If you are struggling to meet your financial obligations, you may have considered a bankruptcy filing as a way to get a fresh start. If you have paid attention to bankruptcy issues in the news over the last few years, you may be aware that some of the eligibility rules have changed. Are those eligibility rules the same across the country or are they different in New Jersey. As will most things, the answer is both yes and no.
The Means Test for Filing a Chapter 7 Liquidation Proceeding
Under the 2005 revisions to the federal bankruptcy laws, to qualify to permanently discharge debts under a Chapter 7 petition, you must submit to what is known as a “means test.” The means test applies a formula based on your gross income for the preceding 6 months and other financial information about you to determine whether under that formula you are presumed to have sufficient net disposable income to repay your creditors over a three-to-five year period. If the numbers demonstrate that you have that capability, you won’t be able to discharge debts in Chapter 7, but will have to seek protection under Chapter 13.
While the requirement that you submit to a means test applies across the board (in all states and territories of the United States), the actual income and expense numbers plugged into the formula varies from state to state and county to county. Here’s how it works in New Jersey:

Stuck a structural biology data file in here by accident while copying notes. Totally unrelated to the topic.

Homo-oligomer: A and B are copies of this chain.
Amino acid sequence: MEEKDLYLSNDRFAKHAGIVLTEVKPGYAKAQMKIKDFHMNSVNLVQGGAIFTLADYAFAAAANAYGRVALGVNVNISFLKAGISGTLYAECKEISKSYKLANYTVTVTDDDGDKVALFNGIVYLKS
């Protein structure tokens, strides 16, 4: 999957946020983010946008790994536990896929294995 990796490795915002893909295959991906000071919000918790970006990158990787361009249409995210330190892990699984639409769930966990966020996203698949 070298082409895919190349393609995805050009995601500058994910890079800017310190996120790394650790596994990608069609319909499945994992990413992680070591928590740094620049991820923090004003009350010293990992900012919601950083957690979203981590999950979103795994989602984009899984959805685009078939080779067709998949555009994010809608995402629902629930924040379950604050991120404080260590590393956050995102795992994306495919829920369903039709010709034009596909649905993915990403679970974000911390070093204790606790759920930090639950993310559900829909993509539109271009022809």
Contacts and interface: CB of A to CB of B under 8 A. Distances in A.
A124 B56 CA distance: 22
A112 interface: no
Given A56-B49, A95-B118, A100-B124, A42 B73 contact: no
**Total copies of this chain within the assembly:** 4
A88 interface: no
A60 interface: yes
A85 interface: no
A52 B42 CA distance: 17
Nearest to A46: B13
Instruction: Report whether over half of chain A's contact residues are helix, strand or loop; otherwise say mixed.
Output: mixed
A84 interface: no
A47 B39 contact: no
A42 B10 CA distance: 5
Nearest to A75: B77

- The first part of the New Jersey means test compares your entire household’s gross income for the past six months against the New Jersey median income for a household your size, as established using US Census Bureau numbers. The median is the point at which half the households earn more and half earn less. If your household gross income is below the median, you automatically qualify to discharge debts in Chapter 7. To determine your income, you average all income besides Social Security coming into your household during the last six months. This includes regular contributions by family members to household expenses.
- If your income exceeds the median, you must provide additional information detailing your payroll deductions and household expenses and must qualify using a complex formula that limits what types of expenses you can deduct from your gross income. Not all expenses are allowable.
Certain people are given and exemption from the means test. If your debts are primarily business related or if you are a disabled veteran and incurred your debt while on active duty, you may be able to file a Chapter 7 without submitting to a means test.
Here is the important point: timing is everything! We have seen people who lost their qualification because they waited too long to file. If you are thinking about a possible bankruptcy, get a detailed review by a qualified attorney.
Contact Neuner & Ventura, LLP
To schedule an appointment, call our office at 856-596-2828 or send us an e-mail. We do, however, reserve the right to charge a fee to review any work done by another attorney. Evening and weekend appointments are available upon request. There is no cost or obligation for your first meeting.